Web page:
THE NIGHT WE MET
by Aimee Hardy  

I opened my eyes, and it was snowing.
I was all alone.
I lay there wrapped up in a blanket, looking out at the snow. The TV was playing softly in the corner, but my attention was captivated by the white outside.
I don’t remember how old I was, but when I tried to move my bones ached. It was like tiny pieces of glass were ground into each muscle and joint. But the snow called. It sang to me.
Slowly, I put one foot down in front of the other and I made my way outside.
The snow looked like diamonds raining down in slow motion around me, and it felt like butterflies kissing my skin. The smell of sawdust and sunshine filled my nose. Tears flooded my eyes. An indescribable pain gripped my chest, closing in on my throat. And then it was as if you were all around me, swirling in the air with the snow. Hugging me. Putting your arms around me. Saying all the things you couldn’t say, or wouldn’t say, I was never quite sure. All I could do was close my eyes and hope it was real after all this time. All I could do was think back to the night we met.
I stayed outside for so long that night that my feet and hands turned blue. Their color never quite returned. And neither did I. My heart was so full that night, so happy to have heard your voice again, so happy to finally know that I was enough, that I didn’t even worry about disappearing forever when I let out my final breath in the snow, with my heart so full and warm among the frozen ground.

I was almost seventy when I was all but disappeared for what looked to be the last time. Every time someone walked past my room they couldn’t see me. I was just a shadow. When I felt like I was invisible, I would squeeze my husband’s hand that was twisted with arthritis. My hand was so small that I wasn’t sure if he could even feel my hand. But I would hang on to the hope of Sundays, of visitors. And that last Sunday happened to be on Christmas. My daughter and son came with their families. They brought presents and treats. The kids laughed and I showed them how to draw Christmas scenes and make snowflake chains out of tissue paper and napkins. The smiles on their faces made me glow for weeks. That glow spread into the hallway and everyone who walked the hall couldn’t help but turn their heads and look at me when they passed.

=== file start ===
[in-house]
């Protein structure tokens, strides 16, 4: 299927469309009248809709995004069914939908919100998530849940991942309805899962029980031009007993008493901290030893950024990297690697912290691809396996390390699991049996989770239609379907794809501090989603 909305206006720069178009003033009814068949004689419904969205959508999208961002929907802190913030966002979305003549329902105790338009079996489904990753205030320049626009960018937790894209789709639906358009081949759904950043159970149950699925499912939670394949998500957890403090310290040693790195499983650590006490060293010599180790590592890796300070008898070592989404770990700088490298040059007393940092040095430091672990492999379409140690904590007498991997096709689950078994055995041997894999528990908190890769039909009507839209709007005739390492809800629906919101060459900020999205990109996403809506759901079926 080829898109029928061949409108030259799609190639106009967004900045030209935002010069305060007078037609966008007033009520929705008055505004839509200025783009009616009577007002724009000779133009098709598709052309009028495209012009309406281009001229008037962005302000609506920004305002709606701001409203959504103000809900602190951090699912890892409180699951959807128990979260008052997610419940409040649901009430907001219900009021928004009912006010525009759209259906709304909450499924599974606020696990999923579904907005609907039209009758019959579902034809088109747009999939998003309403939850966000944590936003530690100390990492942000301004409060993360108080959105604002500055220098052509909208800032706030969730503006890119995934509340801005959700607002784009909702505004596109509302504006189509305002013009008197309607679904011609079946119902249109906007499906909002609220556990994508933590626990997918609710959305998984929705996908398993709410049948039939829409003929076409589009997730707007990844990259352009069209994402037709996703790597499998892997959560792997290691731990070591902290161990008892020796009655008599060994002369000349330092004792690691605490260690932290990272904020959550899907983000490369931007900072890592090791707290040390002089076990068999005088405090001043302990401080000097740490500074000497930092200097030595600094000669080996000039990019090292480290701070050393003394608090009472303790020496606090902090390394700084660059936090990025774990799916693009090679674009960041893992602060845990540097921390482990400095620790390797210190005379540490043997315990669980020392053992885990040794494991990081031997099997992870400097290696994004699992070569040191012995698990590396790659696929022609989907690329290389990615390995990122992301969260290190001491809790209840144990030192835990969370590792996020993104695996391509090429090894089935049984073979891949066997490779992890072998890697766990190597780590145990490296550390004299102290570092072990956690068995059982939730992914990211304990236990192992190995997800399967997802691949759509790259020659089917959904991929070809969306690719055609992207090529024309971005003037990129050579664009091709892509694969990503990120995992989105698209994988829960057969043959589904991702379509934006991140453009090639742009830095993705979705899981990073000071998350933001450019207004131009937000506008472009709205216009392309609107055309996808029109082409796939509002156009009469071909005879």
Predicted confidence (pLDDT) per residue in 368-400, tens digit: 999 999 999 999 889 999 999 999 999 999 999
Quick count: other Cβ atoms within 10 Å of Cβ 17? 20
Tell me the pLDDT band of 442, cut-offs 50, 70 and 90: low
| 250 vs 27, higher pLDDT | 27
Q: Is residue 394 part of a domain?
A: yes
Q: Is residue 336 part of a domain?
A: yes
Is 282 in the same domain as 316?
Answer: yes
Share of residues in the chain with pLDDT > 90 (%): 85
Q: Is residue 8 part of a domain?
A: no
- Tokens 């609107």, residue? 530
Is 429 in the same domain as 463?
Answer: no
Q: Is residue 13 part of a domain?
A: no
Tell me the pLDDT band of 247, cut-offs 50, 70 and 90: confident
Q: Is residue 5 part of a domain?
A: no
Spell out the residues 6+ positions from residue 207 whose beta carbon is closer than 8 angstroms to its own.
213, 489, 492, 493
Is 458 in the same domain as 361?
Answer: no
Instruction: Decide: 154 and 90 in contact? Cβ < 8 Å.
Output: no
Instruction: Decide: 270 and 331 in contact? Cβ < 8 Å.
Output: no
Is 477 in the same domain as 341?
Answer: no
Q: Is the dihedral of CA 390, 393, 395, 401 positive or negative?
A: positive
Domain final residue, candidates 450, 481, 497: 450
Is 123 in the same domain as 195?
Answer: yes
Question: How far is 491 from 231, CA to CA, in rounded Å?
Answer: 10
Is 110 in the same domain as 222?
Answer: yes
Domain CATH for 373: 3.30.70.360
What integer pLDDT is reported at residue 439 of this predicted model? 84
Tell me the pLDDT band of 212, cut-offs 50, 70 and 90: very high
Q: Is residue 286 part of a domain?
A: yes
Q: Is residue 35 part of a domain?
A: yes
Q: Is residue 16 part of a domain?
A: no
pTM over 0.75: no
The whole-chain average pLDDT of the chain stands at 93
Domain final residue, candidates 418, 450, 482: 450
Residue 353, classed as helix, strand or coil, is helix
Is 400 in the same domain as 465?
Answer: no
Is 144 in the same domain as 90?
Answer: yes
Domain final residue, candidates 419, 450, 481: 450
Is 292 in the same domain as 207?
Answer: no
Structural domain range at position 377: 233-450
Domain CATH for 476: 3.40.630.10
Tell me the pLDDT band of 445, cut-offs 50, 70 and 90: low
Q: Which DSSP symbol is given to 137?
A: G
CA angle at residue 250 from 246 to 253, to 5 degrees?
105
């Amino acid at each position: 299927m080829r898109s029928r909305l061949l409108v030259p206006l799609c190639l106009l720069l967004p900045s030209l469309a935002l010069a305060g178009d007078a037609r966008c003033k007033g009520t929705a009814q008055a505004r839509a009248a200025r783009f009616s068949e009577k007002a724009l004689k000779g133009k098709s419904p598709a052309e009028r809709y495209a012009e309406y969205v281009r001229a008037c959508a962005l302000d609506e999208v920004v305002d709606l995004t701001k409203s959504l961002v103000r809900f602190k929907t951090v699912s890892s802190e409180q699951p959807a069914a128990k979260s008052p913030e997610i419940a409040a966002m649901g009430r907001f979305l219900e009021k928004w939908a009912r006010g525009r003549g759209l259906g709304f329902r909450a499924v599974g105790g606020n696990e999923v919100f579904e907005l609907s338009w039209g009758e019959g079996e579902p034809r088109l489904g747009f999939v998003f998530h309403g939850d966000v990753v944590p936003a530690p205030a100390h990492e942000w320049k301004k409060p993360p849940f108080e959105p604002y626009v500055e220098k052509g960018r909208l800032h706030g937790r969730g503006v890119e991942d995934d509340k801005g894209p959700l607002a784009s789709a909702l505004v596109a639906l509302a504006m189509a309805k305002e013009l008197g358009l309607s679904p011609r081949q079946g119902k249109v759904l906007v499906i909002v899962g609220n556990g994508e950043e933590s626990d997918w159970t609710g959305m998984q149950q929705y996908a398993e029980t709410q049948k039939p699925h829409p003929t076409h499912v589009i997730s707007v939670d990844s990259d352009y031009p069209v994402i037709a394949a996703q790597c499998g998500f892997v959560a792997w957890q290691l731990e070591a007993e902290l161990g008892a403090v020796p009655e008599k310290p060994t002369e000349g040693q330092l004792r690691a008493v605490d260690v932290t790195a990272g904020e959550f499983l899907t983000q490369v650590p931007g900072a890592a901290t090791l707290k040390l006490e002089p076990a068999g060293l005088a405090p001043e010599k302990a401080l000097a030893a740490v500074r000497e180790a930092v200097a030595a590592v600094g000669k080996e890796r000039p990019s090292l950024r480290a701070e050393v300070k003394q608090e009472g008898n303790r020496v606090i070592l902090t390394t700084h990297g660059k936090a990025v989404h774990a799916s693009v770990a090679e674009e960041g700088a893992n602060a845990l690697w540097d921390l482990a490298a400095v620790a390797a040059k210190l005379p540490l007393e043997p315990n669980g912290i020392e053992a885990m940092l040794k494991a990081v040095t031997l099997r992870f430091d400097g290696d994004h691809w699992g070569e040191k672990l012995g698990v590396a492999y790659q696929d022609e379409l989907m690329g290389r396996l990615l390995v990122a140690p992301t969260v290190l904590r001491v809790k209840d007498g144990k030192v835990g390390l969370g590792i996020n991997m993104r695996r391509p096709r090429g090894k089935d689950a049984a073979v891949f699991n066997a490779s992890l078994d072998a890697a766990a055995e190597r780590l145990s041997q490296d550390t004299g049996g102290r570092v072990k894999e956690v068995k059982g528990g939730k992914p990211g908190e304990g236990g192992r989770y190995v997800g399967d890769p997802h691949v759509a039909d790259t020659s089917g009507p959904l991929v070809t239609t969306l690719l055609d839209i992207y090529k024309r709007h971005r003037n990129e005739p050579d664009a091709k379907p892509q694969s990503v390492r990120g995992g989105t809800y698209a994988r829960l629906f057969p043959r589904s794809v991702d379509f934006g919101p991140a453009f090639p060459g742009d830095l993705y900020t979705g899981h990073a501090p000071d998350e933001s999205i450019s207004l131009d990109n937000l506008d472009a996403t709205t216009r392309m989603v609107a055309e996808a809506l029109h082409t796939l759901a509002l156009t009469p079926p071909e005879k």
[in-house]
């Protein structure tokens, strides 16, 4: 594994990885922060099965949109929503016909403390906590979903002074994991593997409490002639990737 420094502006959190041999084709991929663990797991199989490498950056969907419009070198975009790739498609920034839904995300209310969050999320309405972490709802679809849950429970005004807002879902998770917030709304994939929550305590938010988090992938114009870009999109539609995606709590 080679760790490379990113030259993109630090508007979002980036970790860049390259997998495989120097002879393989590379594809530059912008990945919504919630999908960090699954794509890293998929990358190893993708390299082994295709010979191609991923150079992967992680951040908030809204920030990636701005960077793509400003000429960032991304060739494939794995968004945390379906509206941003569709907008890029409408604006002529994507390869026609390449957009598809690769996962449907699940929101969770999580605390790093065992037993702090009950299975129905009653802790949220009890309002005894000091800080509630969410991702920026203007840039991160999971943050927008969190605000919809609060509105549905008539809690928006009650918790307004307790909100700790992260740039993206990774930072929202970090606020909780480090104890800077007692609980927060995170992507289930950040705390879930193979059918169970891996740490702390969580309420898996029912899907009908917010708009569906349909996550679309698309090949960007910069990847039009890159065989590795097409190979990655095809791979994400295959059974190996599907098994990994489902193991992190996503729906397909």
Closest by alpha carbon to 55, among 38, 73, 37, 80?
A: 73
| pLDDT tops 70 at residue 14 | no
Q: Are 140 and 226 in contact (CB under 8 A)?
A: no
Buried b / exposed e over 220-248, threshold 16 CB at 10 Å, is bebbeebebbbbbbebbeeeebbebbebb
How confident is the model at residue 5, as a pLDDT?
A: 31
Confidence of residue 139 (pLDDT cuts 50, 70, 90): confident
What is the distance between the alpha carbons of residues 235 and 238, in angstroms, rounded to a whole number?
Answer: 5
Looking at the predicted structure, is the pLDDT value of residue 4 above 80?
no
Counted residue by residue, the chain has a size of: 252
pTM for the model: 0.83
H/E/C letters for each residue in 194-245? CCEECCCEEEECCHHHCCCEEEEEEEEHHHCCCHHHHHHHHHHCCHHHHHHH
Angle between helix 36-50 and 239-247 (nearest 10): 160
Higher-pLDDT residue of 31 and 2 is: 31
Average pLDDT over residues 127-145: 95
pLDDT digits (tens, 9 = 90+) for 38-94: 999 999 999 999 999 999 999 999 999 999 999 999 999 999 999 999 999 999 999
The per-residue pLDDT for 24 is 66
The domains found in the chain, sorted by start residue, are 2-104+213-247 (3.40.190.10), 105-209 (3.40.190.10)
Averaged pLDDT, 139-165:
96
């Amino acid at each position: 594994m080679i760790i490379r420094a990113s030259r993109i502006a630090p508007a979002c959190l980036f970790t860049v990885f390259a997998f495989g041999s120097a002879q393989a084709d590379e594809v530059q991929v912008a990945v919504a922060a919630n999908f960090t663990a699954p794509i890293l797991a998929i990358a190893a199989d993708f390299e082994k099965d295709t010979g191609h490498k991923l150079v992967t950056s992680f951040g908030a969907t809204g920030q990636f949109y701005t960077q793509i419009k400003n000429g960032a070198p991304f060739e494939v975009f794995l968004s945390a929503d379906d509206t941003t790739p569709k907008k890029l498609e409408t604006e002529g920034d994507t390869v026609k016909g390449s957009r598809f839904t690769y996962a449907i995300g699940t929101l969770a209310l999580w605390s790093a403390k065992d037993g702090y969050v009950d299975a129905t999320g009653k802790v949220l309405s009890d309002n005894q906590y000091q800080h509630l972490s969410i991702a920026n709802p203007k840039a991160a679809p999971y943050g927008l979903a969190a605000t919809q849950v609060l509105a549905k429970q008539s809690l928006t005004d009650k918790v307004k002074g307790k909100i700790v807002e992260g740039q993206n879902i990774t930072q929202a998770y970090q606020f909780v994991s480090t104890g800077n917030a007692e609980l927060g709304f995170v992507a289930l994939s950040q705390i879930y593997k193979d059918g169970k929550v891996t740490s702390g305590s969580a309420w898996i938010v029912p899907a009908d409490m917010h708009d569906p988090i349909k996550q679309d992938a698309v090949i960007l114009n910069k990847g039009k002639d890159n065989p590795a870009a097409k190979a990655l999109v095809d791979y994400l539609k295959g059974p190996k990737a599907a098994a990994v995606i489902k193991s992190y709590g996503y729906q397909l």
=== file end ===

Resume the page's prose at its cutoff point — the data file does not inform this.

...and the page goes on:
At fifty-five, I woke in the middle of the night, and I knew that the world had changed.
I ran to my phone. I knew it was my son-in-law before I even answered.
“Is it time?” I asked without seeing who it was.
“Yes, we’re headed to the hospital now.” My son-in-law replied.
I rushed to the hospital, getting there well before my daughter. My husband told me to calm down, that everything would be fine, but I just couldn’t wait. I was there to hold my daughter’s hand, just as my mother had held my own hand. And I felt complete as I held my first grandchild, a little girl, in my arms.
“She has your eyes, you know, mom.” My daughter said to me. I didn’t know my daughter was still awake and looked up, surprised.
“I’m serious,” my daughter said. “It’s all you.” She smiled.
“That can’t be,” I said looking down. I looked up at my daughter again and smiled sadly. “Everyone always told me that I got my eyes from my dad.”
My daughter reached out her hand and grabbed my shoulder.
“No, not the color. I mean the sparkle.”
I smiled and began to hum softly to my granddaughter. When my granddaughter would get older, sometimes she would hum that tune over and over without quite knowing where it had come from.

One day I woke up and discovered that I had disappeared long ago. Or so I thought. I was thirty-three. I was a decent wife and mother, but somewhere along the way I had disappeared. I was going through the motions so thoroughly that I hadn’t stopped to realize that I was a ghost.
I had even forgotten my own name.
I folded piece after piece of laundry and would have gone on folding forever if not for my son.
“Mom?” He asked, peering into the room.
I opened my mouth but nothing came out. I had even lost my voice.
“Hey, mom! I’m talking to you,” he giggled. “I see you, you know.”
I looked down at my hands, doubtful.
“Where?” I asked.
“Right there,” he said, pointing.
“I can’t see it. Where?”
My son giggled and came towards me, and without pausing, touched my heart. It took my breath away.
“You see me?” I asked.
“Uh-huh,” he giggled again. “I always see you, mommy.”
I wrapped him in a tight hug and I could feel it, then, deep inside. I was still there.

            I was nervous.
I hadn’t seen him in at least ten years and we hadn’t parted on the best of terms, to say the least.
But now he was coming back.
The visit was tense but my father looked proud. His chest swelled when he toasted to me, his only daughter, and the wonderful thanksgiving dinner.
Then he downed the glass.
And then another.
And then a few shots.
Soon, his voice began to boom and I could hear him slam beer bottles in the trash. I could still hear the crunching slams even after he had replaced his beer with shots.